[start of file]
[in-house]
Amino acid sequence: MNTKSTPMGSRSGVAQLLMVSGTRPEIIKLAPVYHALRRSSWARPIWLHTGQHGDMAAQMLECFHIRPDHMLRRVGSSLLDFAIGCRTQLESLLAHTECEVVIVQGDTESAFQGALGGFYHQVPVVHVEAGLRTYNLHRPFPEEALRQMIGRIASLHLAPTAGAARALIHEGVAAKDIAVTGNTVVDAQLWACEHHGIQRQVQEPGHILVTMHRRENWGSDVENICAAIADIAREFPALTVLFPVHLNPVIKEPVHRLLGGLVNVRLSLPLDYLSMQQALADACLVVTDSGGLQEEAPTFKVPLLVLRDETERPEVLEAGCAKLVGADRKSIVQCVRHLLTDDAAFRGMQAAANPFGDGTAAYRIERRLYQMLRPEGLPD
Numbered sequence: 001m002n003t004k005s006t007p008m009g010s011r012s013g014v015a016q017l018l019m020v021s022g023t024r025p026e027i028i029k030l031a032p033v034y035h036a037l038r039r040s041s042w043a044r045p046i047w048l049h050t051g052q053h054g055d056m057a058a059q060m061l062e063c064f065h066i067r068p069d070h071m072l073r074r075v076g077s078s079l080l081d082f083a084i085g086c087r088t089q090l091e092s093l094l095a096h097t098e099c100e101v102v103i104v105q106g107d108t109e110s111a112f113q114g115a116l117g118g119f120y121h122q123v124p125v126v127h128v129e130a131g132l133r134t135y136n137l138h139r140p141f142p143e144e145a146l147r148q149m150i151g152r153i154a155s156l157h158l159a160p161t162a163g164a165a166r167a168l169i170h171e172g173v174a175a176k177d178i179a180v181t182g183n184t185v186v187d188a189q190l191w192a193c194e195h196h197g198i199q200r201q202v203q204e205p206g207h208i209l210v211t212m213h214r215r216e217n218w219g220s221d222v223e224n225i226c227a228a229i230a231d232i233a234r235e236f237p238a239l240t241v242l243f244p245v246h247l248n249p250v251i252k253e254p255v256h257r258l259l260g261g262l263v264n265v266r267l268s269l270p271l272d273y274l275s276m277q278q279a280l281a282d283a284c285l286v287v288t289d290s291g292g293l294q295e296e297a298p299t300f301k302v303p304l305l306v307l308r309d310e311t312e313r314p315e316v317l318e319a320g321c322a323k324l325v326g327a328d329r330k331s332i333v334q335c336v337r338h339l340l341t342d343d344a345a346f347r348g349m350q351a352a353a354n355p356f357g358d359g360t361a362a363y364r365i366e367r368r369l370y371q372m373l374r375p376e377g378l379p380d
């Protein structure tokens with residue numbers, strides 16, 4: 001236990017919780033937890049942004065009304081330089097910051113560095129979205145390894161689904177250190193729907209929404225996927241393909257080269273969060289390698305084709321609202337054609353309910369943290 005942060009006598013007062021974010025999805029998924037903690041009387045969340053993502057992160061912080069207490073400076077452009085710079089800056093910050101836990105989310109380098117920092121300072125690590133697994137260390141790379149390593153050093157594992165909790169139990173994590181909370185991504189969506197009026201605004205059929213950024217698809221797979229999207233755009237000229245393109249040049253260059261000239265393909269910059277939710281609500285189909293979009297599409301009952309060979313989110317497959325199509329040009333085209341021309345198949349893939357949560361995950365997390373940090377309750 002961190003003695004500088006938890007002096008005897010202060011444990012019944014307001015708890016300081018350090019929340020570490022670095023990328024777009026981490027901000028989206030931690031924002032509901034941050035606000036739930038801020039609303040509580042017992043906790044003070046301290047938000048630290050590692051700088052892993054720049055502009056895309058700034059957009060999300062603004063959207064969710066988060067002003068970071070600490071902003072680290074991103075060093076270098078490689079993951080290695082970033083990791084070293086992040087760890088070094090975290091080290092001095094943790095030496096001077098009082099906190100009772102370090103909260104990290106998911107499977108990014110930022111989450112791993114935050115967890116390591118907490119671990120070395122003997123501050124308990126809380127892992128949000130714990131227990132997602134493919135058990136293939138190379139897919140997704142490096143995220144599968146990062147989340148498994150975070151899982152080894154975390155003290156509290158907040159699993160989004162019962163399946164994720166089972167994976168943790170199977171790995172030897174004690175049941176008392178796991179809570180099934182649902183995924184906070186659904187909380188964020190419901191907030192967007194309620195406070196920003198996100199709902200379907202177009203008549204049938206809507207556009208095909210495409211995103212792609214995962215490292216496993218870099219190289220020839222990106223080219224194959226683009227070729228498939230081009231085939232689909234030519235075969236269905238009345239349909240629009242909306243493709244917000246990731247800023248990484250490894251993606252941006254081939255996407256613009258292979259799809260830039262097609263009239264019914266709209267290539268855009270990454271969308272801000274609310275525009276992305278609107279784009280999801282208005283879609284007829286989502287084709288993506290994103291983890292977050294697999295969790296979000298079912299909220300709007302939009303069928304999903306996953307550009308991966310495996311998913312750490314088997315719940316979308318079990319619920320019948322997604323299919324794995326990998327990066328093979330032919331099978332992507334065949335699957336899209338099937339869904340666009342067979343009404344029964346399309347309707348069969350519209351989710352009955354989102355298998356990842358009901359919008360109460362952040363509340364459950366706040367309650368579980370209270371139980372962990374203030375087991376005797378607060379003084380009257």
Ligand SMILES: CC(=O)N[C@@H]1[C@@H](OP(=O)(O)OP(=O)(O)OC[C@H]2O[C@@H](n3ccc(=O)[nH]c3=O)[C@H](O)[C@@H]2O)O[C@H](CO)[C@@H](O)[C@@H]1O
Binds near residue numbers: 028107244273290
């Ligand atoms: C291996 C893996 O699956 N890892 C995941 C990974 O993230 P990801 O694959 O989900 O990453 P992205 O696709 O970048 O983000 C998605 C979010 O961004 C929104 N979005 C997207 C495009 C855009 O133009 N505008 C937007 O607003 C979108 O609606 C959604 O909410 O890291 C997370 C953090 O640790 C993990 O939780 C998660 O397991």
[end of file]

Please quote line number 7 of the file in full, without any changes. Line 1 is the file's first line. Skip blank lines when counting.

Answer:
């Ligand atoms: C291996 C893996 O699956 N890892 C995941 C990974 O993230 P990801 O694959 O989900 O990453 P992205 O696709 O970048 O983000 C998605 C979010 O961004 C929104 N979005 C997207 C495009 C855009 O133009 N505008 C937007 O607003 C979108 O609606 C959604 O909410 O890291 C997370 C953090 O640790 C993990 O939780 C998660 O397991």